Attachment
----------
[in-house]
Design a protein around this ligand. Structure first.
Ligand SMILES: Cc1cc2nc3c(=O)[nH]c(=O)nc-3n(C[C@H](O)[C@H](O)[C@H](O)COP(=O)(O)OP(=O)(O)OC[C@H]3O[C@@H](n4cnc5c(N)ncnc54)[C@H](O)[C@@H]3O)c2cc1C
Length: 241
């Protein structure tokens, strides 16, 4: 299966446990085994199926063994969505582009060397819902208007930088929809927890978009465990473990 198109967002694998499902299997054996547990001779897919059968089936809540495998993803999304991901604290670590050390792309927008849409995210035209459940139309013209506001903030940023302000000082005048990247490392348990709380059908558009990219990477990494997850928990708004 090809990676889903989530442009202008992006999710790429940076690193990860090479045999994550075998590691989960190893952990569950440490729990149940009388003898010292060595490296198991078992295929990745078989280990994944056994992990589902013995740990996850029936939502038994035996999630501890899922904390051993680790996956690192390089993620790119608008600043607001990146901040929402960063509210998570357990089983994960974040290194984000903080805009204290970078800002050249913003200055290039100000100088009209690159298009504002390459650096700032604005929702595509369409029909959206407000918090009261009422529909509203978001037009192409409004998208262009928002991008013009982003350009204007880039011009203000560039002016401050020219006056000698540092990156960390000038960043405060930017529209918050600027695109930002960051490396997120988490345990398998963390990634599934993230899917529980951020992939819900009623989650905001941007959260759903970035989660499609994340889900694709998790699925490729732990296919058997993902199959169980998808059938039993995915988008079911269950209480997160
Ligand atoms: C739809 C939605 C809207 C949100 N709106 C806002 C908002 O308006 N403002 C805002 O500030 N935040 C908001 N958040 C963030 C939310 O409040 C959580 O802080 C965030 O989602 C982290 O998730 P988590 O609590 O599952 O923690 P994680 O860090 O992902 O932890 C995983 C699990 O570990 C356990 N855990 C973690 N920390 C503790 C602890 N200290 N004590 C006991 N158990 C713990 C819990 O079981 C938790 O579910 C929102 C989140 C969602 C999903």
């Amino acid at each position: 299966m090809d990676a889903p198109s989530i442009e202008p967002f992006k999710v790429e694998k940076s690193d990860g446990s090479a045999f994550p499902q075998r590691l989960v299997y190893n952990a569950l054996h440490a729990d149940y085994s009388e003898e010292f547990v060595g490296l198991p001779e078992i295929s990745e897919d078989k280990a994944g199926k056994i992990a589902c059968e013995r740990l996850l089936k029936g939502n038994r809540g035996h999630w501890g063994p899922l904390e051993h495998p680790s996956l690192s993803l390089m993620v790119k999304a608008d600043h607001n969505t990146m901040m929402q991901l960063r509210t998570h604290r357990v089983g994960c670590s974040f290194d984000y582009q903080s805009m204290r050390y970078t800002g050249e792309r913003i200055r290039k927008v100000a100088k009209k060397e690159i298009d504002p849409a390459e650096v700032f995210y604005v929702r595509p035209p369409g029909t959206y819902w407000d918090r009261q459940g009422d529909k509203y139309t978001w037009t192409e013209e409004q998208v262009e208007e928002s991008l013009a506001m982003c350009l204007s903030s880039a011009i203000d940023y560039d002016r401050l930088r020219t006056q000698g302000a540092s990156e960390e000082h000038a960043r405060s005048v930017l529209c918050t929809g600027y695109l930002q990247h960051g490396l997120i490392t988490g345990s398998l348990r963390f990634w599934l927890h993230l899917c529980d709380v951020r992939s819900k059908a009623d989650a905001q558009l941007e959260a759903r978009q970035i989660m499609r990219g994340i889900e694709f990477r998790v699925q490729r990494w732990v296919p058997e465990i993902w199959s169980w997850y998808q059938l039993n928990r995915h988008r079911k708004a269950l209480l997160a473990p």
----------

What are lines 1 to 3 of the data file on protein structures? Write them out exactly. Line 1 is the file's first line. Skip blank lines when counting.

[in-house]
Design a protein around this ligand. Structure first.
Ligand SMILES: Cc1cc2nc3c(=O)[nH]c(=O)nc-3n(C[C@H](O)[C@H](O)[C@H](O)COP(=O)(O)OP(=O)(O)OC[C@H]3O[C@@H](n4cnc5c(N)ncnc54)[C@H](O)[C@@H]3O)c2cc1C